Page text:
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How can we prevent sexually transmitted infections and hiv/aids

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Major interval developments include 1 licensure and uptake of immunization against genital human papillomavirus, 2 validation of male circumcision as a potent prevention tool against acquisition of HIV and some other sexually transmitted infections STIs3 failure of a promising HIV vaccine candidate to afford protection against HIV acquisition, 4 encouragement about the use of antiretroviral agents as preexposure prophylaxis to reduce risk of HIV and herpes simplex virus acquisition, 5 enhanced emphasis on expedited partner management and rescreening for persons infected with Chlamydia trachomatis and Neisseria gonorrhoeae6 recognition that behavioral interventions will be needed to address a new trend of sexually transmitted hepatitis C among men who have sex with men, and 7 the availability of a modified female condom.

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A range of preventive interventions is needed to reduce the risks of acquiring STI, including HIV infection, among sexually active people, and a flexible approach targeted to specific populations should integrate combinations of biomedical, behavioral, and structural interventions.

These would ideally involve an array of prevention contexts, including 1 communications and practices among sexual partners, 2 transactions between individual clients and their healthcare providers, and 3 comprehensive population-level strategies for prioritizing prevention research, ensuring accurate outcome assessment, and formulating health policy.

Major interval developments include 1 licensure and uptake of immunization against genital human papillomavirus HPV2 validation of male circumcision as a potent prevention tool against acquisition of HIV and some STIs, 3 failure of a promising HIV vaccine candidate to afford protection against HIV acquisition, 4 encouragement about the use How can we prevent sexually transmitted infections and hiv/aids antiretroviral agents as both early treatment for HIV-positive persons and preexposure prophylaxis for HIV-negative persons to reduce the risk of HIV and herpes simplex virus HSV acquisition, 5 enhanced emphasis on expedited partner management and rescreening for persons infected with Chlamydia trachomatis or Neisseria gonorrhoeae6 recognition that behavioral interventions will be needed to address a new trend of sexually transmitted hepatitis C among "How can we prevent sexually transmitted infections and hiv/aids" who have sex with men MSMand 7 the availability of a modified female condom.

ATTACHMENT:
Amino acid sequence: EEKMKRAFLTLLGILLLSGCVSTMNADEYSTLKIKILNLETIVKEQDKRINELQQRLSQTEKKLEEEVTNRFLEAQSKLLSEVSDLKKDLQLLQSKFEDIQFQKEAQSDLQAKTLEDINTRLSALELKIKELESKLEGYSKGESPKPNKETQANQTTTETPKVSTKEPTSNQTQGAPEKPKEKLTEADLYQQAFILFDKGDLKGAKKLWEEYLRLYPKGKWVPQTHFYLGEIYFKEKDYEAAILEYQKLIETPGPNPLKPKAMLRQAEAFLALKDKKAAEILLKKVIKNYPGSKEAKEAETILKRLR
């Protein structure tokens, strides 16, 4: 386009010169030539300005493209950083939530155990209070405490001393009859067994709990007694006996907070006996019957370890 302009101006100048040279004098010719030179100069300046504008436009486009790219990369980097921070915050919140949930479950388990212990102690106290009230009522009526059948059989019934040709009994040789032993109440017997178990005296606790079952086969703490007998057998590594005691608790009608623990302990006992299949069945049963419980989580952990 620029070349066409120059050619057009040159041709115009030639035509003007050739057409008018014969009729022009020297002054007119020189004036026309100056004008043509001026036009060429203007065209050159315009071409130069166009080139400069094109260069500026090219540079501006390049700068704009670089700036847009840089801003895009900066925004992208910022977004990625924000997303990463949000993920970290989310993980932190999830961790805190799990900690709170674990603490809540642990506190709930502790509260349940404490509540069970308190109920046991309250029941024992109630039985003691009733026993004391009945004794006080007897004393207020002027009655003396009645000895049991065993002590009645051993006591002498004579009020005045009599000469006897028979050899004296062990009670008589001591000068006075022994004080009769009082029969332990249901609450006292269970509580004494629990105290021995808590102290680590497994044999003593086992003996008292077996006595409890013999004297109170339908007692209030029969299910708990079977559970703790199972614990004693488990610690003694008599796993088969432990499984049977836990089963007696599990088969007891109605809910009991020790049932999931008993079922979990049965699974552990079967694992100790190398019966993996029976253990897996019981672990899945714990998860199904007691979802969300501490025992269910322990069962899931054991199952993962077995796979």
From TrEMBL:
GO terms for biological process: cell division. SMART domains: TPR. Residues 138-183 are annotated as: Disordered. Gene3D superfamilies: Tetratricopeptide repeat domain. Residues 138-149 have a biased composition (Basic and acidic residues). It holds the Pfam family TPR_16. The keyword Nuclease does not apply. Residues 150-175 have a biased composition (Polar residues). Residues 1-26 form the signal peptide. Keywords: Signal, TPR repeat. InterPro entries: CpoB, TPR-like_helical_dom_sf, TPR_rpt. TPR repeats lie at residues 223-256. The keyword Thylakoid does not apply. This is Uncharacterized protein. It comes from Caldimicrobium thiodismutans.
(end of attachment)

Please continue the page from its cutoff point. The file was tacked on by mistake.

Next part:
The need for effective prevention of HIV and other STIs remains a high priority, both internationally and domestically. Moreover, a large proportion of new HIV infections continue to be diagnosed in late stages of the disease [ 45 ]. Inthe number of reported cases of gonorrhea remained stable, with increasing concern about advancing antimicrobial resistance, and cases of primary and secondary syphilis comprised the highest number of cases reported since [ 6 ].

Some data suggest that an epidemiologic shift of the syphilis resurgence into heterosexual networks may be underway [ 9 ]. Finally, sexual transmission of hepatitis C is increasingly recognized in MSM who reported sexual practices involving exposure to blood or even minimal trauma to the rectal mucosa [ 10—12 ]. We have not included community-level behavioral interventions, because these have been extensively reviewed elsewhere [ 13 ]. We used the following MeSH terms: We considered their data if the abstracts had not yet resulted in published articles.

Abstract authors were contacted for more information if necessary. Key questions were generated by review of these resources and in consultation with experts in the fields of infectious diseases and prevention. We emphasize randomized controlled trials in our review, but methodologically sound observational cohort and cross-sectional studies were also included when data on a particular topic were sparse.